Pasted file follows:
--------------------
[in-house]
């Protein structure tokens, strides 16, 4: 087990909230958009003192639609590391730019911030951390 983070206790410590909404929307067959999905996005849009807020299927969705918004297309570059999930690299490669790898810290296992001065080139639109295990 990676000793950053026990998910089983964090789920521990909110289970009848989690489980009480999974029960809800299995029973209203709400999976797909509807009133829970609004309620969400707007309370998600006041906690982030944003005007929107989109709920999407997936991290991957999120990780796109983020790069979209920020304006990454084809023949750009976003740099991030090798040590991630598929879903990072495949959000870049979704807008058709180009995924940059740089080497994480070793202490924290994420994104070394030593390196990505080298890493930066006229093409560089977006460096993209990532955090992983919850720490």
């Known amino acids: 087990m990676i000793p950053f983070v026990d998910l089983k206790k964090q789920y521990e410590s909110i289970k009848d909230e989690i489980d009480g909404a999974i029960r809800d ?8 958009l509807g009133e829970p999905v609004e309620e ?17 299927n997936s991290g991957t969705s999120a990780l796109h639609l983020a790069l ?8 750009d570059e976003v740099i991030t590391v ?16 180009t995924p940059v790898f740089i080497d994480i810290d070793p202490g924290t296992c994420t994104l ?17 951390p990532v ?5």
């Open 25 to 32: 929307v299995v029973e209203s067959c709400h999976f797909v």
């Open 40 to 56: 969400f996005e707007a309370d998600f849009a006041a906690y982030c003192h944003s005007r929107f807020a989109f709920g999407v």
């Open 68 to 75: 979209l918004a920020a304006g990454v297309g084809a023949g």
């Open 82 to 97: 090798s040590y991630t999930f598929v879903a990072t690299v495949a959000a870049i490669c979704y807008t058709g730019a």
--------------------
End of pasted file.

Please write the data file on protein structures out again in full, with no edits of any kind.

[in-house]
């Protein structure tokens, strides 16, 4: 087990909230958009003192639609590391730019911030951390 983070206790410590909404929307067959999905996005849009807020299927969705918004297309570059999930690299490669790898810290296992001065080139639109295990 990676000793950053026990998910089983964090789920521990909110289970009848989690489980009480999974029960809800299995029973209203709400999976797909509807009133829970609004309620969400707007309370998600006041906690982030944003005007929107989109709920999407997936991290991957999120990780796109983020790069979209920020304006990454084809023949750009976003740099991030090798040590991630598929879903990072495949959000870049979704807008058709180009995924940059740089080497994480070793202490924290994420994104070394030593390196990505080298890493930066006229093409560089977006460096993209990532955090992983919850720490």
């Known amino acids: 087990m990676i000793p950053f983070v026990d998910l089983k206790k964090q789920y521990e410590s909110i289970k009848d909230e989690i489980d009480g909404a999974i029960r809800d ?8 958009l509807g009133e829970p999905v609004e309620e ?17 299927n997936s991290g991957t969705s999120a990780l796109h639609l983020a790069l ?8 750009d570059e976003v740099i991030t590391v ?16 180009t995924p940059v790898f740089i080497d994480i810290d070793p202490g924290t296992c994420t994104l ?17 951390p990532v ?5």
């Open 25 to 32: 929307v299995v029973e209203s067959c709400h999976f797909v």
């Open 40 to 56: 969400f996005e707007a309370d998600f849009a006041a906690y982030c003192h944003s005007r929107f807020a989109f709920g999407v």
């Open 68 to 75: 979209l918004a920020a304006g990454v297309g084809a023949g």
């Open 82 to 97: 090798s040590y991630t999930f598929v879903a990072t690299v495949a959000a870049i490669c979704y807008t058709g730019a």